L158,809 and PD123319 did not alter the slope of PFR and Pf= 0 at baseline (data not shown). However, the administration of angiotensin II after the AT2R antagonist PD123319 decreased the slope of PFR before rapid pacing, indicating that coronary flow reduction after angiotensin II is induced through AT1R (slope before PD123319, after PD123319 and angiotensin II after PD123319: 1.11 ± 0.09, 1.15 ± 0.08 and 0.90 ± 0.04 [p < 0.05 vs. after PD123319], respectively; Pf= 0 values: 30.0 ± 1.1, 30.3 ± 1.4 and 32.1 ± 0.9 mm Hg; p = NS). Moreover, neither L158,809 nor PD123319 changed the slope of PFR or Pf= 0, despite intracoronary administration of angiotensin II (10 ng/kg) after rapid pacing (data not shown).
The major findings of this study may be summarized as follows: first, angiotensin II had a vasoconstrictive effect on the coronary circulation through AT1R in a dose-dependent manner, and endogenous angiotensin II levels would be too low to have this effect in the intact canine heart. Second, the coronary vasoconstrictive effect of angiotensin II through AT1R was greatly attenuated in the failing heart. In other words, the coronary vasculature became insensitive to angiotensin II. Third, a significant vasodilatory effect of ACE inhibition was observed in the failing heart, especially in the relatively early stage of CHF that was partly caused by the accumulation of bradykinin, in addition to the desensitization to an increase in angiotensin II.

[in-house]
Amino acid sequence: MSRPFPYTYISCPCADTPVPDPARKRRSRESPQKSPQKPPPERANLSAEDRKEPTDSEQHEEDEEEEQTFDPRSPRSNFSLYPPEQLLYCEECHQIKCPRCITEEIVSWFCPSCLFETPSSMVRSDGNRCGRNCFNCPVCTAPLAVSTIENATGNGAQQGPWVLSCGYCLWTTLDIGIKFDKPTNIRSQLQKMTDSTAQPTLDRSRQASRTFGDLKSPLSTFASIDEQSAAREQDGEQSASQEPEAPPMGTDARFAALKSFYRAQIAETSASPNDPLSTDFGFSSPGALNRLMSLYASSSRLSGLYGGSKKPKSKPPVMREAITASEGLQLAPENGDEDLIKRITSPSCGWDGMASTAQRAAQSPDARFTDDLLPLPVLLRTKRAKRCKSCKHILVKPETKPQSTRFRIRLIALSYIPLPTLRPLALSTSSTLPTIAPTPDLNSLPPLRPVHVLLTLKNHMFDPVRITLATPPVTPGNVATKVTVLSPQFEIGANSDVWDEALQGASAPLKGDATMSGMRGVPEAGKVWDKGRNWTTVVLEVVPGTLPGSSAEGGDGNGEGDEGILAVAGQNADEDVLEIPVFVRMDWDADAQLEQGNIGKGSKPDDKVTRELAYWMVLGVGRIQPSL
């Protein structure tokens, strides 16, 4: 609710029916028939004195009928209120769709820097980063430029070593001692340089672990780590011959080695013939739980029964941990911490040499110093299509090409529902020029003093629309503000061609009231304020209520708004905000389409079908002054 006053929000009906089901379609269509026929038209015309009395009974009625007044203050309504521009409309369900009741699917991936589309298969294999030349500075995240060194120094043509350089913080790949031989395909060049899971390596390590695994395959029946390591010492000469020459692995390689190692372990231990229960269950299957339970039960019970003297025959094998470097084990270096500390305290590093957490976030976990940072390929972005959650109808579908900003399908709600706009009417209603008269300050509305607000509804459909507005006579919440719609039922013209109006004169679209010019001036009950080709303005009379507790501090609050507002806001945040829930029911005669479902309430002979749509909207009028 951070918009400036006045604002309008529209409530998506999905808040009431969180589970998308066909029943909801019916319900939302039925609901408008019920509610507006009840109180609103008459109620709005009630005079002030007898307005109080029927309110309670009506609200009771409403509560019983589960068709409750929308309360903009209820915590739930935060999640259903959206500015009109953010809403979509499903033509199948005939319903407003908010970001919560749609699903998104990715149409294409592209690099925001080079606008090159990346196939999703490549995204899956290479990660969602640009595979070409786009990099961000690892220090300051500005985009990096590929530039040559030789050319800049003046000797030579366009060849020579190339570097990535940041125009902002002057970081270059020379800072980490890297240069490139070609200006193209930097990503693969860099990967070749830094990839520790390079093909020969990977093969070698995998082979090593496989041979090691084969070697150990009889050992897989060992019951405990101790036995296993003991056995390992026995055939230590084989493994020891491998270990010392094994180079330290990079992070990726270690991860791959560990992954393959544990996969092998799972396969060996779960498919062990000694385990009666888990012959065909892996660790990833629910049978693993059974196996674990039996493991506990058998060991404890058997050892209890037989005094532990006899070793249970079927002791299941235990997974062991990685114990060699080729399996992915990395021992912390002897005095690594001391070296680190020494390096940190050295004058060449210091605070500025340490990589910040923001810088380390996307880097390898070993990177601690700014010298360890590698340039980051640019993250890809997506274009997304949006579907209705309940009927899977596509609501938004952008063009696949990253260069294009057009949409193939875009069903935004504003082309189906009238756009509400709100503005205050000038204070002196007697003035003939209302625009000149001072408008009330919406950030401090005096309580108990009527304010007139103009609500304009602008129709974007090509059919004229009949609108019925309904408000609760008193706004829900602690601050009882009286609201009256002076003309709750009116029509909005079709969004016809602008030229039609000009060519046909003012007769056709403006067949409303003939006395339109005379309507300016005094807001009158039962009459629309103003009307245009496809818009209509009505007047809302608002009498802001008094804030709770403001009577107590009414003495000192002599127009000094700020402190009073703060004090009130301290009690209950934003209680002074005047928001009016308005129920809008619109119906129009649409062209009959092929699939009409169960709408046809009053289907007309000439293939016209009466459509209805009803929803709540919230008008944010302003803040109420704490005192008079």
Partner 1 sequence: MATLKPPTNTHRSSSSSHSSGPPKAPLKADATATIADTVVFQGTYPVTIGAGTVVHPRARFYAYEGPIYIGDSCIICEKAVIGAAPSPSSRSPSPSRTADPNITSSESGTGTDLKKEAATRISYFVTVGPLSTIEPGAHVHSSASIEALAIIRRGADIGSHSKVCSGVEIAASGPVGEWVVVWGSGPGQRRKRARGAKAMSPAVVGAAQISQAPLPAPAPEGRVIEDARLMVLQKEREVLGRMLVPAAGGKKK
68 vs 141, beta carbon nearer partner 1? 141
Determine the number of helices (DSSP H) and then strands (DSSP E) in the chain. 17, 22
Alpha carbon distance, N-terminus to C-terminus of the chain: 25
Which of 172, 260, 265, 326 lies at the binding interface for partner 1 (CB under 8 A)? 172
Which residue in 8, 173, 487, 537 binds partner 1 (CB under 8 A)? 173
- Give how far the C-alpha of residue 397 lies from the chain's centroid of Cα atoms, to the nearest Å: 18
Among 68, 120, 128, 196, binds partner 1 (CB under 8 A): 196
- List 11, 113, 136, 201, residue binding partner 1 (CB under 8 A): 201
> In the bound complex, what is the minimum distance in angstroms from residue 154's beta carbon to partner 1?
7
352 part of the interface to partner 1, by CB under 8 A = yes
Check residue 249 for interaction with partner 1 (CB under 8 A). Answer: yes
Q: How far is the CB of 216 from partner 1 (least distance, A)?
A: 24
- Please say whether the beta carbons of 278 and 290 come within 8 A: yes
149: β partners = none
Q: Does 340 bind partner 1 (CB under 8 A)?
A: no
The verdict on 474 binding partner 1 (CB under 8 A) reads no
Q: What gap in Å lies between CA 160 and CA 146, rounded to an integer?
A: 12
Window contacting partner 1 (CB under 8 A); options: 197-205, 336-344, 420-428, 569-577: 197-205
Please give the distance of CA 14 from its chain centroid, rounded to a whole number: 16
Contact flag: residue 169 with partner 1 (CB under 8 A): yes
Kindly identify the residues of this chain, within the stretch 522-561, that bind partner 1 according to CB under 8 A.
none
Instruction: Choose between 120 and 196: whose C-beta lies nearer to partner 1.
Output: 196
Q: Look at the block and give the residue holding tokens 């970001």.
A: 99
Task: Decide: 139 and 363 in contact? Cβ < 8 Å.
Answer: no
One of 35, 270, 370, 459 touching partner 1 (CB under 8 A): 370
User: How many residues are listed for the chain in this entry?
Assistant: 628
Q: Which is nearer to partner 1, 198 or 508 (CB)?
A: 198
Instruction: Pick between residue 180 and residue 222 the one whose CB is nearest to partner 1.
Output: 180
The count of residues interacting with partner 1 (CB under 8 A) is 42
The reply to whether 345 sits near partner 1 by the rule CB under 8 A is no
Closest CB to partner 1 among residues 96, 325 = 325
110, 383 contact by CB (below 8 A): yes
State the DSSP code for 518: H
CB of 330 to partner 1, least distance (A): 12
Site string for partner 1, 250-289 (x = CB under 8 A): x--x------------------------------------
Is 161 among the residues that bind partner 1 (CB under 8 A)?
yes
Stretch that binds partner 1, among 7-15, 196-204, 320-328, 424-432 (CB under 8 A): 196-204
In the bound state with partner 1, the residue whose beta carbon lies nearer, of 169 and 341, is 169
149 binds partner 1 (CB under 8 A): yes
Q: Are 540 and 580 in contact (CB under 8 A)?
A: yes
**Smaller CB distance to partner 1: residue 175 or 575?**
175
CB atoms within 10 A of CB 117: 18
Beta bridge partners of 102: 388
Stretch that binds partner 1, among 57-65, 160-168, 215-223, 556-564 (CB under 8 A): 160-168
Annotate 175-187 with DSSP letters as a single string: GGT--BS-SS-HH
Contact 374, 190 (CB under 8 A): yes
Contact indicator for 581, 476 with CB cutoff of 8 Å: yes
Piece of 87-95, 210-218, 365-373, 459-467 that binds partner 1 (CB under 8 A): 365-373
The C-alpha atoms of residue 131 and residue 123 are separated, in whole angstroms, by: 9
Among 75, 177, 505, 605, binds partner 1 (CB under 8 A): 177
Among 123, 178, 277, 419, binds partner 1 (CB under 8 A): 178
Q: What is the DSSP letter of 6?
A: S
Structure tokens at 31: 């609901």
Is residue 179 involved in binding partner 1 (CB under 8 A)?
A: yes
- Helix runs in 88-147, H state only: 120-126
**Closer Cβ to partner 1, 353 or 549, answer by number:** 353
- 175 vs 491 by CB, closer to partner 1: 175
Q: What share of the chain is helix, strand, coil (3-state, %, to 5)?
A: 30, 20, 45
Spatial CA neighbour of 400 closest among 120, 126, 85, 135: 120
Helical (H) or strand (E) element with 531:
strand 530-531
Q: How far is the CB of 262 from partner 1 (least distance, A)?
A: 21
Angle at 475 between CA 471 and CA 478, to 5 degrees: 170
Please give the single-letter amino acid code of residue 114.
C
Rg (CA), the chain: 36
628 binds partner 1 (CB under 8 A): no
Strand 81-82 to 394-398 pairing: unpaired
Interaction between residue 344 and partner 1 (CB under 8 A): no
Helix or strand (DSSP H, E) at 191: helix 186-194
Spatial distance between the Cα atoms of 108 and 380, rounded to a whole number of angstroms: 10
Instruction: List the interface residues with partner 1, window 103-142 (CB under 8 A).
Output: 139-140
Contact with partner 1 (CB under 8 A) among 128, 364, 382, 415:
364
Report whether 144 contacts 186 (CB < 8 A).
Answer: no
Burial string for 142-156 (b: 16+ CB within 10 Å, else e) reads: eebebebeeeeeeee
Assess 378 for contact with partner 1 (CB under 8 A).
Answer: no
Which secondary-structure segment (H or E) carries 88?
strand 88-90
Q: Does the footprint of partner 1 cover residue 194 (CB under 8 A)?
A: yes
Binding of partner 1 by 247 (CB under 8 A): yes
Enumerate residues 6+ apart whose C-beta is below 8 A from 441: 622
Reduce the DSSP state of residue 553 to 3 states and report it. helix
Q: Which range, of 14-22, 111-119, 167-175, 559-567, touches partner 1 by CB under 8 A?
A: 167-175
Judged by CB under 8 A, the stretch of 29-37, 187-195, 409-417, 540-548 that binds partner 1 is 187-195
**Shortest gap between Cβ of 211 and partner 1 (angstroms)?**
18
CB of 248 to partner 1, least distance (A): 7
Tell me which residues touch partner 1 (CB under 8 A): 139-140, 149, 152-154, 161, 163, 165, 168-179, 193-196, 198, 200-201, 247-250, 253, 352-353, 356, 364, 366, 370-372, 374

To evaluate coronary blood flow dynamics, we used the diastolic PFR during long diastole to reduce the effects of metabolic regulation on coronary vasomotor tone. However, in this procedure, several issues should be taken into account for evaluating the slope of PFR. First, the coronary perfusion pressure after rapid pacing decreased moderately, leading to underestimation of the Pf= 0 value (29). Second, the effects of vascular compliance in coronary vascular beds on diastolic PFR depend on the speed of decrease in perfusion pressure (5,6). Because there was no significant difference in these procedures within the same group or between the baseline and failing heart groups, the effects on coronary hemodynamic data are likely to be similar in this study. Third, as previously mentioned, linear extrapolation of coronary PFRs was used to determine the Pf= 0 value, leading to overestimation of the Pf= 0 value (5). Fourth, increases in right atrial pressure and left ventricular end-diastolic pressure, which have been reported to affect PFR (4–7), were observed in the failing heart. However, in in vivo conditions, PFRs before rapid pacing and three and five weeks after rapid pacing did not differ, probably due to many compensatory factors. Moreover, comparisons of PFRs with and without treatment in the same heart were done using intracoronary injection of drugs; thus, preload changes were negligible. Fifth, we used only single concentrations of enalaprilat, the AT1R antagonist L158,809, the AT2R antagonist PD123319 and HOE-140 for bradykinin type 2 receptor blockade. However, concentrations of enalaprilat (0.2 mg/kg), L158,809 (0.1 mg/kg), PD123319 (0.2 mg/kg) and HOE-140 (0.5 mg/kg) seemed to be sufficient for intracoronary administration (27,30,31).